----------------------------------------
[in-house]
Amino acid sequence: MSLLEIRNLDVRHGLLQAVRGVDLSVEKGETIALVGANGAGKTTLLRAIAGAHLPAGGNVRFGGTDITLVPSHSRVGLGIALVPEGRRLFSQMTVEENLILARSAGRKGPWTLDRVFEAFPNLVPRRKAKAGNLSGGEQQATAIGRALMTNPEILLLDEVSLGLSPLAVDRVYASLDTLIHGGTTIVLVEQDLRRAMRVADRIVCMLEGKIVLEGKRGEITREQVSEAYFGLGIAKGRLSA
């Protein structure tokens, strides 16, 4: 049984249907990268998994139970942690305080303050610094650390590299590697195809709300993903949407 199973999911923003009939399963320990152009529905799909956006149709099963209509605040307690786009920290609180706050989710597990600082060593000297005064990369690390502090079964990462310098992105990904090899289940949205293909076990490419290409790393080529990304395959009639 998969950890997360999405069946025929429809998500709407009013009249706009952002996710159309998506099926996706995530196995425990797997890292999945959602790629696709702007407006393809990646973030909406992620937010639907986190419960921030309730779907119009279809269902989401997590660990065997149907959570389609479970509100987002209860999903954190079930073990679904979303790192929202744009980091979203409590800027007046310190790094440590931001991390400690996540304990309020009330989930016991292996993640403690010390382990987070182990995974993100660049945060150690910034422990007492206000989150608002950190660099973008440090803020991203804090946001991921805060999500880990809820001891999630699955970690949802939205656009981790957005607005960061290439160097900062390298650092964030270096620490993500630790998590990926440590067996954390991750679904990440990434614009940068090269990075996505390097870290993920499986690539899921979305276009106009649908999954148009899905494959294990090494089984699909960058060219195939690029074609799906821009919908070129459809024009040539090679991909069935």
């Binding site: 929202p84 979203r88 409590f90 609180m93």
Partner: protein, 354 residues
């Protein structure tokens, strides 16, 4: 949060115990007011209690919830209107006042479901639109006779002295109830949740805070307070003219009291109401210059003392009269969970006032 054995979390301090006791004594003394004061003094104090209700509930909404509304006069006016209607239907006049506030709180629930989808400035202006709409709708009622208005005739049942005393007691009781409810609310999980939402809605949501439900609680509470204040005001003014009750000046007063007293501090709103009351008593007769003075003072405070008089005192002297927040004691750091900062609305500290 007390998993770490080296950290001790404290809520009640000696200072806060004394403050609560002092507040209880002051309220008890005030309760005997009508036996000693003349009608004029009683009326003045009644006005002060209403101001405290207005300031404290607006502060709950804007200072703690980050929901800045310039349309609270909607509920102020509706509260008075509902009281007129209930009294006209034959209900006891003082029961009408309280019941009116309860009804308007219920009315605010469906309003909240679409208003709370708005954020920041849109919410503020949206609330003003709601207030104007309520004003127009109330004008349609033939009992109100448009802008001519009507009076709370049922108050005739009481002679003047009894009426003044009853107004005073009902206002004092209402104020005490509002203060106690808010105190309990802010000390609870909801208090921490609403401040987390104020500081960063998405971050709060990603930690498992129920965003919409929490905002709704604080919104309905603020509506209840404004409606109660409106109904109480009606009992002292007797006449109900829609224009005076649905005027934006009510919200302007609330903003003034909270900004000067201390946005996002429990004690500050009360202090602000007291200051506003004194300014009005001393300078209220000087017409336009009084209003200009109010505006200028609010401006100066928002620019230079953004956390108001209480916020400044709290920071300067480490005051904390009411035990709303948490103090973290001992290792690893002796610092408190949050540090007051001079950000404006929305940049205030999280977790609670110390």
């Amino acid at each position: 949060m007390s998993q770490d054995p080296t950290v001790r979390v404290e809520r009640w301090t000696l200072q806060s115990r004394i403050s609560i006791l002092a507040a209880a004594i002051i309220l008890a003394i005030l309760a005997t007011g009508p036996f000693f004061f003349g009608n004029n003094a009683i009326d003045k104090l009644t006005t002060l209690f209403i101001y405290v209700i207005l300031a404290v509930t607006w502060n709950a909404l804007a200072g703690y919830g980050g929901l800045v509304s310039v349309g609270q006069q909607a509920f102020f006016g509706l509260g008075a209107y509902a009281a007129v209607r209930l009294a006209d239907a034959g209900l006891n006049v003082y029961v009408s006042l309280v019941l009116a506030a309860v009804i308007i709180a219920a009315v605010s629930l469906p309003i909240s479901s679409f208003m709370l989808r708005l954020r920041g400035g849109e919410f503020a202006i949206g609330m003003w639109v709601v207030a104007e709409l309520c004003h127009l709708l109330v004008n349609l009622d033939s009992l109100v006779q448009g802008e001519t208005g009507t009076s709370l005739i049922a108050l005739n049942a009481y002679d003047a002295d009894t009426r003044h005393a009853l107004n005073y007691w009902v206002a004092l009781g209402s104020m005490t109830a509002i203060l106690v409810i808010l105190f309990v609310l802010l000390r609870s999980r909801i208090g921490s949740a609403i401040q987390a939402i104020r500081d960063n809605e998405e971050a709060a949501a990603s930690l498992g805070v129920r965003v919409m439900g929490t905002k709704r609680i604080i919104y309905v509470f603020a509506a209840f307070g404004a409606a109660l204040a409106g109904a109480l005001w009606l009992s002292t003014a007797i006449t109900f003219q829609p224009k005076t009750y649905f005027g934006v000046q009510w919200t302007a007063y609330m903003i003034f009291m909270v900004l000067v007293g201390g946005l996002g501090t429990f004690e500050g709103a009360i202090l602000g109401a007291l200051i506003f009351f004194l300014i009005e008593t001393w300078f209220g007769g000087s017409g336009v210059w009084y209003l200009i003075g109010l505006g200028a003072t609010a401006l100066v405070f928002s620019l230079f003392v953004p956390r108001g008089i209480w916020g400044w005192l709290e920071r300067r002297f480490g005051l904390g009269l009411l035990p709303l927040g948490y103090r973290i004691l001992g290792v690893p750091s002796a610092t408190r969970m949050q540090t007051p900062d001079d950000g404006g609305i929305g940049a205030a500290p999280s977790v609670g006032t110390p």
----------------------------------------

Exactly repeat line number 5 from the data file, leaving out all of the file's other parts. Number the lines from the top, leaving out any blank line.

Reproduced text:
Partner: protein, 354 residues